Monday, May 23, 2022 -
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On cultural missteps, are we too harsh to judgement?

Are we too harsh? Or unforgiving? Do we assume the worst motivations?

The troubling ‘menorah’ is seen bottom left. (Screenshot from Facebook)

In Medford, Mass., a government’s holiday photo display went a bit pear-shaped when the menorah included turned out not to be one used on Chanukah, but instead one used by messianic Jews. Oy vey! The “menorah” was labeled with the words “cross” and “resurrection.” Nope, not exactly the message of Chanukah.

Naturally Medford’s Jews were upset and many complained to the municipality. Some, according to the JTA report, were concerned that the municipality had reached out to messianic Jews for guidance on Judaism, instead of to representatives from the Jewish community.

According to the city, that wasn’t the case. The staffer who had created the photo collage said she’d come across the image online. “We sincerely regret the harm and are committed to learning from this mistake,” the city’s apology read.

Indeed, the city must learn from this mistake, as it implies it will. When constructing any kind of ethnic message, it is vitally important that that ethnicity be included in the crafting of the message. That’s clear.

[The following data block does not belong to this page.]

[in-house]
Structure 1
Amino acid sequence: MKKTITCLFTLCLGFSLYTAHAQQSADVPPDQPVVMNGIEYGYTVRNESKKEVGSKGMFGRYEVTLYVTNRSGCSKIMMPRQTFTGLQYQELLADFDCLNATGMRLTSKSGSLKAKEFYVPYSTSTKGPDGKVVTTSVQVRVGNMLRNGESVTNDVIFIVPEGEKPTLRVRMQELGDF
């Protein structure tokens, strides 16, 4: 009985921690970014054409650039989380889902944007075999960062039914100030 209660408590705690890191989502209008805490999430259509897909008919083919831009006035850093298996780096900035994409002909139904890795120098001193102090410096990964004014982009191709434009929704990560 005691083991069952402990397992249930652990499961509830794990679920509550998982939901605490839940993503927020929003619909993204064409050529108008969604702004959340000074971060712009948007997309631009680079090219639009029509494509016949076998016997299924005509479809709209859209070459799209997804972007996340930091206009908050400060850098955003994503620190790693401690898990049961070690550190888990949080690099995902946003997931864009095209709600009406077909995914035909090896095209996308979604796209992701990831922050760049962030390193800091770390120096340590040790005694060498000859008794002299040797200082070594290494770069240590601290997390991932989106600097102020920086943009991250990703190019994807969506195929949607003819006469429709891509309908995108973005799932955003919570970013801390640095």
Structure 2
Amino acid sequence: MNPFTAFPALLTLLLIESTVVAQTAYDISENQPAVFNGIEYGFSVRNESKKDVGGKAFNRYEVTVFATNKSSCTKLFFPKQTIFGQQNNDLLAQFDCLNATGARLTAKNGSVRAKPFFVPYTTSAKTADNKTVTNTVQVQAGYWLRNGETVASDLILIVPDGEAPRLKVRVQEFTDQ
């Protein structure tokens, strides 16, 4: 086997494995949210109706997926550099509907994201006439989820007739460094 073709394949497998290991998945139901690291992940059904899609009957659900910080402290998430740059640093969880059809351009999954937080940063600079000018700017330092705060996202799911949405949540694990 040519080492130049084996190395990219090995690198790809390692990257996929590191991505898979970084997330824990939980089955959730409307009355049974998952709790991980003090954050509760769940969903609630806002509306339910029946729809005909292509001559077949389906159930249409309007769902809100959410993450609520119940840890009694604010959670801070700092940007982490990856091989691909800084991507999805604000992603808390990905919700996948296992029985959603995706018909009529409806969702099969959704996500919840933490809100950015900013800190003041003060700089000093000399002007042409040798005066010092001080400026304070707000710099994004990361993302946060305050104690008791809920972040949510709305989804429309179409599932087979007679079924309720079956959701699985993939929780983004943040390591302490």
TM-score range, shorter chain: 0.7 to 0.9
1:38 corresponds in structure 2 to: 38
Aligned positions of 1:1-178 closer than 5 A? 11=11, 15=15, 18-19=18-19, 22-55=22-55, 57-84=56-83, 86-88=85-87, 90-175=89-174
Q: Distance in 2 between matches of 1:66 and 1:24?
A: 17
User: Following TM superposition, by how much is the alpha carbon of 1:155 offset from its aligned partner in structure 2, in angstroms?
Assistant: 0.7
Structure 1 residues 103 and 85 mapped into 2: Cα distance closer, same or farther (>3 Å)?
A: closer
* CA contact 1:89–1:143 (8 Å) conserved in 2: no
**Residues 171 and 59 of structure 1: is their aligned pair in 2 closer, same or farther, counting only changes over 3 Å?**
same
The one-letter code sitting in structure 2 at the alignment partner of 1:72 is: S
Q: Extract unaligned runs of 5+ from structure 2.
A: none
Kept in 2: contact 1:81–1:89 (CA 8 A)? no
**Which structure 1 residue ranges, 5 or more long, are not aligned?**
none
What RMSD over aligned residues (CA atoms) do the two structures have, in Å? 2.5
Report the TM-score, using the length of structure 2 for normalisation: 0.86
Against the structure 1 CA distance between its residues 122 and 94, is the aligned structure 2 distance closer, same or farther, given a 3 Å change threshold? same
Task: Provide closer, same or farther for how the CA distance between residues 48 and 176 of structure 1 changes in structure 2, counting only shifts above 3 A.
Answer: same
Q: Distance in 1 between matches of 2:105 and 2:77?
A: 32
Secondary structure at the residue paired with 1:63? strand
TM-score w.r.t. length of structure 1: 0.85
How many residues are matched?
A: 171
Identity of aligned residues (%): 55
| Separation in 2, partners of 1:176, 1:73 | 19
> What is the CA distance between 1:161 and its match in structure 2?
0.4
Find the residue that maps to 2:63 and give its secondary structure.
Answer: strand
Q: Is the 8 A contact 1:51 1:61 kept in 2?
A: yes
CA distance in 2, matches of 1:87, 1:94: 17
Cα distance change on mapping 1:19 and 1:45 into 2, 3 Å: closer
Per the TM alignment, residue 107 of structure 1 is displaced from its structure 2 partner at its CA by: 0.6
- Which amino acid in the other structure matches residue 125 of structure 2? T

It’s understandable that Jewish community members are upset. Some even said they were “furious.” But is it fair to say that this undercuts the city’s claim that it values diversity? That’s what one Jewish resident claimed.

If a city seeks to include multiple faiths and traditions in a display, is that not evidence that it values diversity — even if it might not get it 100% correct? Can we not allow a modicum of understanding on our part that it’s not always easy to get these things right? Have we lost the ability to give people and institutions any benefit of the doubt?

Yes, the city should have consulted with local Jewish community leaders, and it was a mistake that it didn’t. But have we lost our ability to forgive? Must we always assume the worst motives?

According to the JTA report, Medford is a city where classes are canceled for Rosh Hashanah and Yom Kippur — something the local Jewish community fought for. Classes canceled for Rosh Hashanah and Yom Kippur? In Denver public school closures for Jewish holidays sounds like absolute fantasy! Perhaps Medford Jews don’t realize how good they have it?




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